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A Vote For Good Governance in Panchayats

The results of the panchayat elections announced on Tuesday have thrown many surprises. Voters preferred newcomers in many places which suggests disenchantment with the outgoing incumbents. At the same time, several old-timers won, including Vinod Kamat, who won for a record eighth time in Neura, and Martha Saldanha, who won for the fifth time in Cansaulim-Arossim, Cuelim, based on their performance. The message from the voters to the politicians is that they would want their representatives to be honest and people-oriented in their conduct. In elections in the state to the local bodies or the Assembly over the last several years, people have shown preference to newer faces while continuing to elect old-timers whom they trust. This popular trend should serve as a wakeup call for the political parties. Rejection of old faces has been noted as a trend since 2012 Assembly elections. Even in election to urban local bodies and 2017 Assembly elections people preferred newcomers in several constituencies. This trend is likely to continue and there may be a time when people would prefer a newer candidate every time elections are held unless those elected do their job to the satisfaction of the voters. As local bodies serve as a stepping stone for politicians with aspirations to become MLAs, the newcomers who have been elected should seize the opportunity to serve the people earnestly. A good and unblemished performance could help them rise up the political ladder.

Most of the winners, however, owe their victory to their political godfathers, usually the local MLA or former MLA. Although elections to panchayats were not held on party lines, the two major political forces in the state – the ruling Bharatiya Janata Party and its allies and the opposition Congress party – were quick to claim victory of candidates ‘sponsored’ by them. These claims and counter-claims make a mockery of the grassroot democracy. Rather than claiming the victorious candidates to be theirs, the parties could have identified them well before the elections and canvassed for them. Nothing in law could have prevented them from throwing their weight behind the candidates that were associated with them; such open backing would have helped every political party to judge whether support for them has shrunk or grown in the panchayat elections. However, it was only after the results were declared that the parties chose to claim a majority of elected panchas as their own.

Rather than making claims and counter claims about winning most of the panchayat seats, the political parties should ensure that the newly elected members get the opportunities to work for development in their respective areas. As the grassroots level self-governing bodies are supposed to work without party affiliations, the government’s major concern should be to see that the newly elected bodies perform in a better and transparent environment without interference of the government. For after all, no matter which political parties the panchas are associated with, the ultimate test lies in better delivery of services and faster development in the panchayat areas. To facilitate quality delivery by the panchayats the government should immediately amend the Goa Panchayati Raj Act for giving people transparent and timely governance at the panchayat level. Though elections were apolitical, there were reports that members of ruling parties indirectly influenced voters in some areas on the ground that if they elected those owing allegiance to the ruling camp in the state they could expect better attention to development and welfare issues in their panchayat areas. Does this mean that the areas where opposition candidates win would be denied attention and funds for development?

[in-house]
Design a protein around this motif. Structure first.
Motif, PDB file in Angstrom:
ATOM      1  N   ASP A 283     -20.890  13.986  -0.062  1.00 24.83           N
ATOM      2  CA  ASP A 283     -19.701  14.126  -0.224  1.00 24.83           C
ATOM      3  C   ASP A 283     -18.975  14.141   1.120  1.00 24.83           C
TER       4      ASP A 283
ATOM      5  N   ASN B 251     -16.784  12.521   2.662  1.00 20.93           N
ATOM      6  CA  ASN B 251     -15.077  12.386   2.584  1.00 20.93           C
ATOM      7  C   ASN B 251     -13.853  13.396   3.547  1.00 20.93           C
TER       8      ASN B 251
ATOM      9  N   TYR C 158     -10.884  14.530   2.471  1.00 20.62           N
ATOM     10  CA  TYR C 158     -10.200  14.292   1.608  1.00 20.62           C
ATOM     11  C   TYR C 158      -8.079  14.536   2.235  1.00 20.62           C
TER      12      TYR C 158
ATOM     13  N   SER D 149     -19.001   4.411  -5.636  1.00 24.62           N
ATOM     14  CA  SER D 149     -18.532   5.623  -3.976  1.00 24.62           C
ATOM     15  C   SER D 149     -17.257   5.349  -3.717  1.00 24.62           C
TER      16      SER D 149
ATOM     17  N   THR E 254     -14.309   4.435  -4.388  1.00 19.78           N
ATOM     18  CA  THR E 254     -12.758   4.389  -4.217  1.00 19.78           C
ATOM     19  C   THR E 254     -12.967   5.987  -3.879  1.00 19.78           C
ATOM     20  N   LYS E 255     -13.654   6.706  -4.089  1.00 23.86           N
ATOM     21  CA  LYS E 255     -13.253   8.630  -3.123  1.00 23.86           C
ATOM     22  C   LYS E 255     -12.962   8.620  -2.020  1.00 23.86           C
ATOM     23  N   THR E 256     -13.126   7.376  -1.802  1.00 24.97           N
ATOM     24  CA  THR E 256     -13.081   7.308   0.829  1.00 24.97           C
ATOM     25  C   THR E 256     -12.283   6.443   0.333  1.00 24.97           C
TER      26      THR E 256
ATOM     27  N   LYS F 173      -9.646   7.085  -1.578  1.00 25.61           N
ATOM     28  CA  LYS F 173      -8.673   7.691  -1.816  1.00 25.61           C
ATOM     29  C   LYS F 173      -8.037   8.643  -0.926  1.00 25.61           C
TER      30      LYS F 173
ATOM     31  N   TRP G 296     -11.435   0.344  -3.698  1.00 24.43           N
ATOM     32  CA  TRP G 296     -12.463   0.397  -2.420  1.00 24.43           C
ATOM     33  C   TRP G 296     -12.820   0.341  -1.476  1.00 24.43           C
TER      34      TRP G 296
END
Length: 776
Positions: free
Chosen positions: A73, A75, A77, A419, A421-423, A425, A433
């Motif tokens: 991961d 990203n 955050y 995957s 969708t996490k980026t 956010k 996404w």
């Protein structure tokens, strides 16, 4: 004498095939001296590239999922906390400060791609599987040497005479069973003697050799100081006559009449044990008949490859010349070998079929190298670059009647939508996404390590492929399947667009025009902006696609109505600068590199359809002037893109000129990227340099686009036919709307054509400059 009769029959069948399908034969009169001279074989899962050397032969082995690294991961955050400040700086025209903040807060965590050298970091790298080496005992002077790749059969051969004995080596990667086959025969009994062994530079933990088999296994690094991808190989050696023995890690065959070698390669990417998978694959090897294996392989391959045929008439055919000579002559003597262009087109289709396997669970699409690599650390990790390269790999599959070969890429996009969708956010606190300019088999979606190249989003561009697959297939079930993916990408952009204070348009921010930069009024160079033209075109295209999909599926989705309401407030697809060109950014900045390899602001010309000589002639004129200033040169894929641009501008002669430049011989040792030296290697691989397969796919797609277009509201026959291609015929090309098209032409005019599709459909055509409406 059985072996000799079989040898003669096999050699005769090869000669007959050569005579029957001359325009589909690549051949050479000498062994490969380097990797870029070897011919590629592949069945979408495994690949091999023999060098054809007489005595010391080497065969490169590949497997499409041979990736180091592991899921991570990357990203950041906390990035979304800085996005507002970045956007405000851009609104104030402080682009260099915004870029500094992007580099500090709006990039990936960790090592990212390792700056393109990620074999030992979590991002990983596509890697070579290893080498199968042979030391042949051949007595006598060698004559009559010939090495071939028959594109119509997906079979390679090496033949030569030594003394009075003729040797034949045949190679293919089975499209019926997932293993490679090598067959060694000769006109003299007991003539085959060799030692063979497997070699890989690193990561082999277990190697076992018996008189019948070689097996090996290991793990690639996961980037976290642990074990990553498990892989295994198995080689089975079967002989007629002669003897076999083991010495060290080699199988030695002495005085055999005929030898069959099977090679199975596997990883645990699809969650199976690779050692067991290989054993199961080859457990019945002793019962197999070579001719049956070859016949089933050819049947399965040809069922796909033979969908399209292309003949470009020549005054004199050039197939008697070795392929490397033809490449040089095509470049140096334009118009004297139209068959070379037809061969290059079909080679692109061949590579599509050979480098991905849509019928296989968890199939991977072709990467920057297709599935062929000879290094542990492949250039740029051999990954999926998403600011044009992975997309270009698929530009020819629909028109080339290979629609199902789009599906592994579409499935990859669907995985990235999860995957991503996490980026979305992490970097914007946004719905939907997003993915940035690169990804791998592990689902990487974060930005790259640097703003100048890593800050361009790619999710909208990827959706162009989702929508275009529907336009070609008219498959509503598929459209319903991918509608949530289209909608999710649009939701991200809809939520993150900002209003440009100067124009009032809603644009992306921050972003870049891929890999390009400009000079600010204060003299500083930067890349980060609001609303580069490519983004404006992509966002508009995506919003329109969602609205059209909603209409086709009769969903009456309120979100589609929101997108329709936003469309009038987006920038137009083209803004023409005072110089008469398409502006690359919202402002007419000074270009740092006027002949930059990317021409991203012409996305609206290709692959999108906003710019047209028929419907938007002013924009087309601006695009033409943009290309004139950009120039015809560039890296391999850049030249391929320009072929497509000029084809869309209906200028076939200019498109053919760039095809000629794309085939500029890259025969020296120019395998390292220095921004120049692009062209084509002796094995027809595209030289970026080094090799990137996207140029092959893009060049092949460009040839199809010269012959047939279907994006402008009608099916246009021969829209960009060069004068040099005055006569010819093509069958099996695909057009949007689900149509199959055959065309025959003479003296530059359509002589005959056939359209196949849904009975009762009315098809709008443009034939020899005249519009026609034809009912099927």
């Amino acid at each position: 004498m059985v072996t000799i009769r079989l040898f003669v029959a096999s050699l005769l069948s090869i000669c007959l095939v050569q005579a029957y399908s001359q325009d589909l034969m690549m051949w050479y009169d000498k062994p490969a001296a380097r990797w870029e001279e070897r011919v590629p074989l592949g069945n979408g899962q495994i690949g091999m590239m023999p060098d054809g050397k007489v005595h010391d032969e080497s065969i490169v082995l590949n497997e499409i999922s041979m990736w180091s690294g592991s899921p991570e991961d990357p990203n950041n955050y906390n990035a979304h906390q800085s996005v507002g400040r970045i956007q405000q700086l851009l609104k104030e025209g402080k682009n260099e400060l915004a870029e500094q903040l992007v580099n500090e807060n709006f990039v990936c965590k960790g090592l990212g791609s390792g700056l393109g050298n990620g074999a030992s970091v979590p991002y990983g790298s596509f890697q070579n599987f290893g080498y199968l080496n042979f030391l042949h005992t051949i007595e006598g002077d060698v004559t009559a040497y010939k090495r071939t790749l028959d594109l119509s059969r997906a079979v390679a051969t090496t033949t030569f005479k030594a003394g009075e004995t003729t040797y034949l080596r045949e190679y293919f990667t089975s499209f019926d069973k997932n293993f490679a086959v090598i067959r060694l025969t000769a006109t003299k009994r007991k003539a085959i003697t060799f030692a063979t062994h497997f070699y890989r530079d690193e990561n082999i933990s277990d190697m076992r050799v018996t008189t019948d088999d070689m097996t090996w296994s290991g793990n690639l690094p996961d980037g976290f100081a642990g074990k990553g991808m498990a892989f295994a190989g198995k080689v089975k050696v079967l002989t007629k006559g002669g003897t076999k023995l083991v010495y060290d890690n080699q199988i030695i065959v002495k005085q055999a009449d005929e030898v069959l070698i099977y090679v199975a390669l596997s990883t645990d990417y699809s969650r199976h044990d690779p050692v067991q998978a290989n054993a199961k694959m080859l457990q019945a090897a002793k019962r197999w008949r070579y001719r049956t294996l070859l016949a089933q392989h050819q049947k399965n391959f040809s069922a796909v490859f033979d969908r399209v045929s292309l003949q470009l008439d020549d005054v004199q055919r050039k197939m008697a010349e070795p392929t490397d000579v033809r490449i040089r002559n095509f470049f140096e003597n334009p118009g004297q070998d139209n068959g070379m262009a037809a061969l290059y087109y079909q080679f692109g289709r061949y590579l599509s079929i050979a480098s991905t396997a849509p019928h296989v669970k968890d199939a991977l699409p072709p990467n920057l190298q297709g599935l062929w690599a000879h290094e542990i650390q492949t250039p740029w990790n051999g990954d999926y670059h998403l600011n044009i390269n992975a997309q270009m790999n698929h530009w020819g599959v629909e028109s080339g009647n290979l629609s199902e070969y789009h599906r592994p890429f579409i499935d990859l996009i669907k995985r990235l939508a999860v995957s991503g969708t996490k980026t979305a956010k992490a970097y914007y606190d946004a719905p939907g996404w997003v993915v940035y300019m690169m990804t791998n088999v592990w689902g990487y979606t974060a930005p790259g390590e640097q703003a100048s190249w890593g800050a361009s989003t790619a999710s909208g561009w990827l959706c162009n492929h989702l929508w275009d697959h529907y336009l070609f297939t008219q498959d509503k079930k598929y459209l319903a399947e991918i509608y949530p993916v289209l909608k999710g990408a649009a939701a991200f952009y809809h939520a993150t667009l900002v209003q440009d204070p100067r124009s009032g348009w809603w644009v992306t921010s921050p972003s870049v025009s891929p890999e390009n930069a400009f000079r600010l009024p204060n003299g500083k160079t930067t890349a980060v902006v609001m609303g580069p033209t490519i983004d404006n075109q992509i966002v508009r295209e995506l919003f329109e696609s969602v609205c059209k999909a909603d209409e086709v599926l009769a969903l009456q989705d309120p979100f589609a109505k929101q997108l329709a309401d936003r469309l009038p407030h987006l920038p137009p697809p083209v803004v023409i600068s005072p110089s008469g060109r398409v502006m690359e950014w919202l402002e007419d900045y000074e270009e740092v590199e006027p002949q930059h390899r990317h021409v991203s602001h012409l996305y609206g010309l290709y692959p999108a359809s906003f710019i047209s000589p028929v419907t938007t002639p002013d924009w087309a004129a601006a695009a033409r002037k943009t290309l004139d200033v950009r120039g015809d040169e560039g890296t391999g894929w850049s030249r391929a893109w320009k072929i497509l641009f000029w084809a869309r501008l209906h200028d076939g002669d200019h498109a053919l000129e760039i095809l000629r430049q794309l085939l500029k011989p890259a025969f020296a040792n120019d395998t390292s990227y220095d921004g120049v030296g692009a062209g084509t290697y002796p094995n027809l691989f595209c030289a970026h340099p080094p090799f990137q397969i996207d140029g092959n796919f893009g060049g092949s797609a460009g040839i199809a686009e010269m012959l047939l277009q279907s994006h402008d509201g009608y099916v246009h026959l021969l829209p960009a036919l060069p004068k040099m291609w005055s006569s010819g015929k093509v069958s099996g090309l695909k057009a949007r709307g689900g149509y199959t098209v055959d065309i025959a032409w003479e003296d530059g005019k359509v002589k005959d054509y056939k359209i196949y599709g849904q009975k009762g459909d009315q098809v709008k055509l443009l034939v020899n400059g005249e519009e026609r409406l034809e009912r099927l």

The government should positively consider the demands of the panchayats for devolution of more powers and funds. However, while accepting their demands it should also make them accountable for omissions and commissions on their part. As the game of musical chair hampers planning and development in most of the panchayats, the government should guarantee that the sarpanchas have a fixed tenure. To prevent the games of musical chairs in panchayats the government, through amendment to the Panchayati Raj Act, should provide that no-confidence motion against a sarpanch could be moved only in cases of gross abuse or misuse of powers or negligence by them. That would leave no scope for rotating the chairs through ‘mutual’ agreement with their political masters. The mandate of the panchayats should be service to the people and development of the areas and not to rotate the chairs to please everyone. The ‘political patrons’ of the panchas should refrain from acting like ring masters.

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